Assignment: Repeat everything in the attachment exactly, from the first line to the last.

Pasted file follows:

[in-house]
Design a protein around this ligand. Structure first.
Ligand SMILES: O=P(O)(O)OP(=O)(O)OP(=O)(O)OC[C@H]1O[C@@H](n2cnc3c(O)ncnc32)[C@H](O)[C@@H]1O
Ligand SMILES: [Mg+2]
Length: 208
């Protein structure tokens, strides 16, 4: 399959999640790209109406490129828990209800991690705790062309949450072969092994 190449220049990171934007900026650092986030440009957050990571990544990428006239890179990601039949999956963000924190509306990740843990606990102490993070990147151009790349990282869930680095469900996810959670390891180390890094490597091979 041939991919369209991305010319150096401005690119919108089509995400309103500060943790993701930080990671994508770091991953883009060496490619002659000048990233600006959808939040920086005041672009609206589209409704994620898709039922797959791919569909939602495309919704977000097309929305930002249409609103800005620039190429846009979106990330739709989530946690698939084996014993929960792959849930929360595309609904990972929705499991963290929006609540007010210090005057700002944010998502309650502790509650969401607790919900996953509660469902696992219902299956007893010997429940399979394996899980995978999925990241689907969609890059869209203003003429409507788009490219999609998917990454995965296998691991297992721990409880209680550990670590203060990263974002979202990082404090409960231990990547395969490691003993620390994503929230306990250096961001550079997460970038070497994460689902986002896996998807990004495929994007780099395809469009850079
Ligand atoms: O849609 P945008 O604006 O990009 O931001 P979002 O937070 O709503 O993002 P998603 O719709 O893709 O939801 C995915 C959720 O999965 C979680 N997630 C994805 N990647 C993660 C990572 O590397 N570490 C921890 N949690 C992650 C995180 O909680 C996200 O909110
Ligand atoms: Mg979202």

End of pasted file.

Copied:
[in-house]
Design a protein around this ligand. Structure first.
Ligand SMILES: O=P(O)(O)OP(=O)(O)OP(=O)(O)OC[C@H]1O[C@@H](n2cnc3c(O)ncnc32)[C@H](O)[C@@H]1O
Ligand SMILES: [Mg+2]
Length: 208
């Protein structure tokens, strides 16, 4: 399959999640790209109406490129828990209800991690705790062309949450072969092994 190449220049990171934007900026650092986030440009957050990571990544990428006239890179990601039949999956963000924190509306990740843990606990102490993070990147151009790349990282869930680095469900996810959670390891180390890094490597091979 041939991919369209991305010319150096401005690119919108089509995400309103500060943790993701930080990671994508770091991953883009060496490619002659000048990233600006959808939040920086005041672009609206589209409704994620898709039922797959791919569909939602495309919704977000097309929305930002249409609103800005620039190429846009979106990330739709989530946690698939084996014993929960792959849930929360595309609904990972929705499991963290929006609540007010210090005057700002944010998502309650502790509650969401607790919900996953509660469902696992219902299956007893010997429940399979394996899980995978999925990241689907969609890059869209203003003429409507788009490219999609998917990454995965296998691991297992721990409880209680550990670590203060990263974002979202990082404090409960231990990547395969490691003993620390994503929230306990250096961001550079997460970038070497994460689902986002896996998807990004495929994007780099395809469009850079
Ligand atoms: O849609 P945008 O604006 O990009 O931001 P979002 O937070 O709503 O993002 P998603 O719709 O893709 O939801 C995915 C959720 O999965 C979680 N997630 C994805 N990647 C993660 C990572 O590397 N570490 C921890 N949690 C992650 C995180 O909680 C996200 O909110
Ligand atoms: Mg979202």